Interviews

ToD Interview: Chisom Perfectly Blends Afrobeat & Hip-Hop

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Growing up in a traditional Nigerian home and being influenced by the urban scene of Baltimore, helped artist, Chisom, to create his sound and own genre. The 23-year-old producer, rapper and creative director, effectively blends afrobeat and hip-hop to create a vibrant sound that can surely resonate throughout the world. I was put on to him in February with his “Africa Get Money” track and immediately liked the sound he created and was intrigued by his well infused background. Since then, he has released another international hit which is a remix to fellow Nigerian Dancehall artist, Burna Boy’s track, “Soke” where he raps in three languages. Below we discuss growing up Igbo and his love for hip-hop, creating his debut The Jordan Year, why he chose to remix “Soke” and what’s next. After the jump, listen to the Burna Boy remix and watch the visual for “This One Chick” off The Jordan Year. 

ToD: What was it like growing up in a Nigerian household and being exposed to both traditional Nigerian music and also being exposed to the hip-hop scene of Baltimore?

C: For starters, my Dad is a lifelong collector of music from everywhere – everything from the Bee Gees, to Paul Simon, to the most traditional music from our part of Nigeria (we’re Igbo, from Southeast Nigeria). When I was a child, he’d play vintage African music videos on TV every evening, then record us (my siblings and I) dancing to them. Also, every night since I was born, my Mom has lead the family in singing praise songs in Igbo. We play drums and harmonize.
My parents were not really into rap, and they definitely didn’t like most of the music videos (LOL). Also, I grew up in the greater Baltimore area, which is more known for its Baltimore Club music scene than its hip-hop scene (which is growing, so don’t sleep).
Still, when I was 7, my grandmother gave me a little portable radio as a gift. That day, I discovered 92Q – Baltimore’s favorite urban radio station. I was hooked on rap instantly. I didn’t quite understand everything the rappers said, but I loved the way they said it. I’ll always remember songs like, “Welcome to Atlanta” (Ludacris), “I’m a Thug” (Trick Daddy) , and “Girls, Girls, Girls” (Jigga) as the ones that introduced me to hip-hop.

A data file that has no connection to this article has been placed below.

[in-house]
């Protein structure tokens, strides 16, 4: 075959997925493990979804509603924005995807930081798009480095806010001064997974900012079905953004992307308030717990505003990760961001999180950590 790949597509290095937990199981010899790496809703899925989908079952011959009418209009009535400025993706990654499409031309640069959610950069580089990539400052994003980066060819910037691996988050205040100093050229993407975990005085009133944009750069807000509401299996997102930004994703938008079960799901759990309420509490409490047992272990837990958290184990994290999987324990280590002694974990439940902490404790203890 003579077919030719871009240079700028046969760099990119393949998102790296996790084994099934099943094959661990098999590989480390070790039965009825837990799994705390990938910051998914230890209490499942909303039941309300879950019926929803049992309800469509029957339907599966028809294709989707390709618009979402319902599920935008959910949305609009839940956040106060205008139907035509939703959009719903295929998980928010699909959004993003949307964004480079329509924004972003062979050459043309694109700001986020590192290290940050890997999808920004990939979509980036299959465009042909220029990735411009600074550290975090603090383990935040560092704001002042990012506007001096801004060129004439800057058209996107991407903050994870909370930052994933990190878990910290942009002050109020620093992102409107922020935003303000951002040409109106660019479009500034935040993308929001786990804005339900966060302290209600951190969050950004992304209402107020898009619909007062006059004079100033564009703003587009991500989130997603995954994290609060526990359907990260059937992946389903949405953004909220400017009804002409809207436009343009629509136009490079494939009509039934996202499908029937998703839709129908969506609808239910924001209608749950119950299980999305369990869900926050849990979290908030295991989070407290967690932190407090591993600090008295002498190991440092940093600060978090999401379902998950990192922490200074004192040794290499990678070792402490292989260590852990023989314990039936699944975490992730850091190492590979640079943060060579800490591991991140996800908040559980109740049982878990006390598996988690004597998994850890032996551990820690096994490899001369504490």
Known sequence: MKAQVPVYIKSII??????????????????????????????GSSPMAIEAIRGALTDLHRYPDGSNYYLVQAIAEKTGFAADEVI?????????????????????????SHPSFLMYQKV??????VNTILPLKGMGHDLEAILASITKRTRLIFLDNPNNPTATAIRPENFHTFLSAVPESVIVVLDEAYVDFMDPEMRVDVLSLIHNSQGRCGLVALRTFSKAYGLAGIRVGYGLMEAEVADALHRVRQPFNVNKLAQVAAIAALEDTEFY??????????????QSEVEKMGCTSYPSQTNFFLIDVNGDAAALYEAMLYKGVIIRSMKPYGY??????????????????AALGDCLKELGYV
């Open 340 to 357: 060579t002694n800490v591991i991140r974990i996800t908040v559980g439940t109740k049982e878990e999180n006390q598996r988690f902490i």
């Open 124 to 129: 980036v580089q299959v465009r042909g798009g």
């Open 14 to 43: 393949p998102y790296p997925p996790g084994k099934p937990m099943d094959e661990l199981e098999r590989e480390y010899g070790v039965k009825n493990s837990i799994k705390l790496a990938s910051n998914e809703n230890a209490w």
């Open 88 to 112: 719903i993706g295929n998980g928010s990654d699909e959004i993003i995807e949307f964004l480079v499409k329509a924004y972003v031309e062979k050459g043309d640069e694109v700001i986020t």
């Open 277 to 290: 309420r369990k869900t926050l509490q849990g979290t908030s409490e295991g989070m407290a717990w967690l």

ToD: How do you think your music would be different if you did not include your Afro roots and include that sound? 
C: Though not all my songs are African-inspired, my roots provide a unique perspective. I’m also exposed to sounds most hip-hop fans don’t hear all the time. It’s amazing to have access to & draw inspiration from that.
What type of pedestal do you feel you are on being the first in your family to be born in America? What are some of your goals for your family? 
Being the oldest, I’m expected to set a great example for my younger siblings. Honestly, I would like my parents to be happy with how their kids turned out in their new country. I’d also like to see my siblings doing things they truly love, and not settling for what’s expected. 
ToD: What was your creative process like for your debut, The Jordan Year? How do you feel with all of the recognition you have received in regards to the EP and the single, “Africa Get Money”?
C: It’s a funny story. I didn’t consider being a recording artist until December (the day after Black Friday). I was testing out my new mic, which I’d gotten to record artists I produce for. I heard the playback and thought my voice sounded interesting. I wasn’t really expecting to hear it and like it as much as I did. 
 After that, I would write songs at every opportunity, then rush home from work every day to record. I became hooked. As I continued, I realized my 23rd birthday would be the perfect time for an “artistic rebirth”. By February, I had The Jordan Year.
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ToD: Why did you want to remix Burna Boy’s “Soke”?
C: One of my closest bros from college came to Detroit and showed me a playlist of some new music he’d collected. He’s always been up on the latest in Afrobeat and Dancehall. When “Soke” by Burna Boy came on, I just stopped in my tracks. Funny enough, that was my first time really listening to Burna Boy. The next day, I couldn’t listen to it without wanting to sing along, so I did just that. 
ToD: What do you have next in store after this single? Anything special you working on?
C: I have new music on the way! We shoot the music video for my single, “Africa Get Money,” on April 30th. I’m also working on a summertime EP – ‘Melo. Look out for my collective too – ill Company.
ToD: Who can you not stop listening to right now? 
C: Lord, this is a tough one. I love so many artists for different reasons, and there hasn’t been just one dominating my playlist. My most recent album listen was 2 Chainz & Lil’ Wayne’s Collygrove. My friends will tell you I listen to Dom Kennedy’s Yellow Album quite often – it’s my chill-out music.
ToD: How do you plan to give back to both the African community and the environment you have grown up in?
C: I plan to use all this as a platform, to promote the beauty & diversity of Black culture, be it “African” or “African-American”. I also want to show other first-generation Americans that pursuing your dreams is the right way to go.
Chisom wants to leave everyone with these words: I love and appreciate everyone who’s shown me love so far. I do this for you!

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